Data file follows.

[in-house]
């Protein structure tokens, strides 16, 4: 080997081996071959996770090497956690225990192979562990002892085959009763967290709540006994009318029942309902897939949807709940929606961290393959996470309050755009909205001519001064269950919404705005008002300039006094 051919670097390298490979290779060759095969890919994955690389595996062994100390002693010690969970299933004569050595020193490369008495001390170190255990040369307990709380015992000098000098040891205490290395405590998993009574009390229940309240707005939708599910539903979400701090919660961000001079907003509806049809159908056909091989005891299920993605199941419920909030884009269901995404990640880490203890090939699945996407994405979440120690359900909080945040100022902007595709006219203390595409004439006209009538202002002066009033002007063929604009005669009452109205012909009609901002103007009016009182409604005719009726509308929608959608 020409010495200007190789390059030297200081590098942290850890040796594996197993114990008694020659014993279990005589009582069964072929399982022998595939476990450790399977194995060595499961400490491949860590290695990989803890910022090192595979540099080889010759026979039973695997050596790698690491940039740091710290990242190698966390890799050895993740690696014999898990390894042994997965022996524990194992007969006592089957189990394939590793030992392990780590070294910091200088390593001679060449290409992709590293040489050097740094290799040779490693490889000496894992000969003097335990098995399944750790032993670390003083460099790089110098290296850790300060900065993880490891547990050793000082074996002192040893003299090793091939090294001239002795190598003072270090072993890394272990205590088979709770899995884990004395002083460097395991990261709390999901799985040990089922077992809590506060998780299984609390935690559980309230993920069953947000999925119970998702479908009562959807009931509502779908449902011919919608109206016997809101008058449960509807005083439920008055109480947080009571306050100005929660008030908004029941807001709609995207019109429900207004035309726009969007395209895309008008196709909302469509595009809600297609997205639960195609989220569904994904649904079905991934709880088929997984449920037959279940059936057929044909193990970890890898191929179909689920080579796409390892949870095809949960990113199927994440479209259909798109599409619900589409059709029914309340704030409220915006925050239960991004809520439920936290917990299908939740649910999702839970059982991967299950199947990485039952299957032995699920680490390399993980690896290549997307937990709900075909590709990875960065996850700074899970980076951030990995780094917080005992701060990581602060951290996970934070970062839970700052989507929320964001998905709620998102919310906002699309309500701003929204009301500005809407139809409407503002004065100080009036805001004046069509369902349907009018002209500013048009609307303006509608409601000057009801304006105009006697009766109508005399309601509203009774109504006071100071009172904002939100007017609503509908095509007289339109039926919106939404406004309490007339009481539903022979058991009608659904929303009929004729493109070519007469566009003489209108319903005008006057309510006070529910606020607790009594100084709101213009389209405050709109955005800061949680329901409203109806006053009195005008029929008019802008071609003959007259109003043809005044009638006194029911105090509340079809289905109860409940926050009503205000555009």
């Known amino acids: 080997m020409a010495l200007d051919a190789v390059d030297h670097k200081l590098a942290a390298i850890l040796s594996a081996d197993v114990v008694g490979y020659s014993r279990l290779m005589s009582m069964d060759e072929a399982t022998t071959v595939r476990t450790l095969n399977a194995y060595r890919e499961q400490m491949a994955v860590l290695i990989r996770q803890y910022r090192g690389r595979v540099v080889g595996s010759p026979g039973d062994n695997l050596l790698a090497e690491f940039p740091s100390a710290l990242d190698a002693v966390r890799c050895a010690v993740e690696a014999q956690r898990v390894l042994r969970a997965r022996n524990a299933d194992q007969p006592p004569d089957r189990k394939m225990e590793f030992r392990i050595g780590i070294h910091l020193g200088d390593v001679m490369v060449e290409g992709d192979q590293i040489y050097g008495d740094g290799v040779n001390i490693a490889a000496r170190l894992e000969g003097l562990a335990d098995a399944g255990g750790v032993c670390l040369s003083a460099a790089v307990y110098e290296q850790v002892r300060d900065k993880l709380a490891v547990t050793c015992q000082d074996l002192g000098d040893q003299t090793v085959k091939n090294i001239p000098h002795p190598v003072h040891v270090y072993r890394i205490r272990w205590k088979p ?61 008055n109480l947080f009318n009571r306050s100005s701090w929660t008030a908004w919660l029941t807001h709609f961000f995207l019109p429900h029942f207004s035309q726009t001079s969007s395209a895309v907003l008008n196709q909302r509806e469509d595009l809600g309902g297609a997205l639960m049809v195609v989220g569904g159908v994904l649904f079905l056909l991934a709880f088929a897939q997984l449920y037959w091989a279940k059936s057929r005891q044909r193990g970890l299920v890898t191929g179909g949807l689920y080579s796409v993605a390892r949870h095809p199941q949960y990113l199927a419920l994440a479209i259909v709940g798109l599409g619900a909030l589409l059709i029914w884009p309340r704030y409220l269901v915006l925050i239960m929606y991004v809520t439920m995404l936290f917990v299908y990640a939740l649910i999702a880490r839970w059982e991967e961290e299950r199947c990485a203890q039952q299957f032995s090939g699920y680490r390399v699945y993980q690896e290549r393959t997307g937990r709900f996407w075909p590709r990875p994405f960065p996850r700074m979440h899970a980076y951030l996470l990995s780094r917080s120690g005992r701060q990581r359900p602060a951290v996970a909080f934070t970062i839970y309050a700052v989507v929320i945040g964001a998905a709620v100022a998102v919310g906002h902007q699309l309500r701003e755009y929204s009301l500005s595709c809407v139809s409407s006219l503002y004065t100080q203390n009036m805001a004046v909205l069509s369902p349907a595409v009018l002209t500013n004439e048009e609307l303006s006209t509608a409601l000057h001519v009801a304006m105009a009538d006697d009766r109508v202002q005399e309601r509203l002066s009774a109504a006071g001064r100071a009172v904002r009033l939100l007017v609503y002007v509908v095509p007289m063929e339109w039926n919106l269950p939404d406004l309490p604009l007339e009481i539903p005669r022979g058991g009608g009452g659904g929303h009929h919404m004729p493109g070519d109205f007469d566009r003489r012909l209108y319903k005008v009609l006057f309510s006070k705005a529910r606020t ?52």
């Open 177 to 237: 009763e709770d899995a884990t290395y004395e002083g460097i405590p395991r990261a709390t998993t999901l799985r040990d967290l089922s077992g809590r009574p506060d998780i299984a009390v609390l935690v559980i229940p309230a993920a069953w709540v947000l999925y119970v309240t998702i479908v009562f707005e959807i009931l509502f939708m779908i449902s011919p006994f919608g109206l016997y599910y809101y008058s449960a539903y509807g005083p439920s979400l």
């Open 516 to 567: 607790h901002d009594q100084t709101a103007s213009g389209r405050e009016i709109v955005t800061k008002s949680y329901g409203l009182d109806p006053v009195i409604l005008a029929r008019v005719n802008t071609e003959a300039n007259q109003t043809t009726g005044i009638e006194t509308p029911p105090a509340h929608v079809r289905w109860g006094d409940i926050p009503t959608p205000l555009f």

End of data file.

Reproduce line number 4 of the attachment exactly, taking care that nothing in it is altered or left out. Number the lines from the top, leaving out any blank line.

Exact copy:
């Open 177 to 237: 009763e709770d899995a884990t290395y004395e002083g460097i405590p395991r990261a709390t998993t999901l799985r040990d967290l089922s077992g809590r009574p506060d998780i299984a009390v609390l935690v559980i229940p309230a993920a069953w709540v947000l999925y119970v309240t998702i479908v009562f707005e959807i009931l509502f939708m779908i449902s011919p006994f919608g109206l016997y599910y809101y008058s449960a539903y509807g005083p439920s979400l």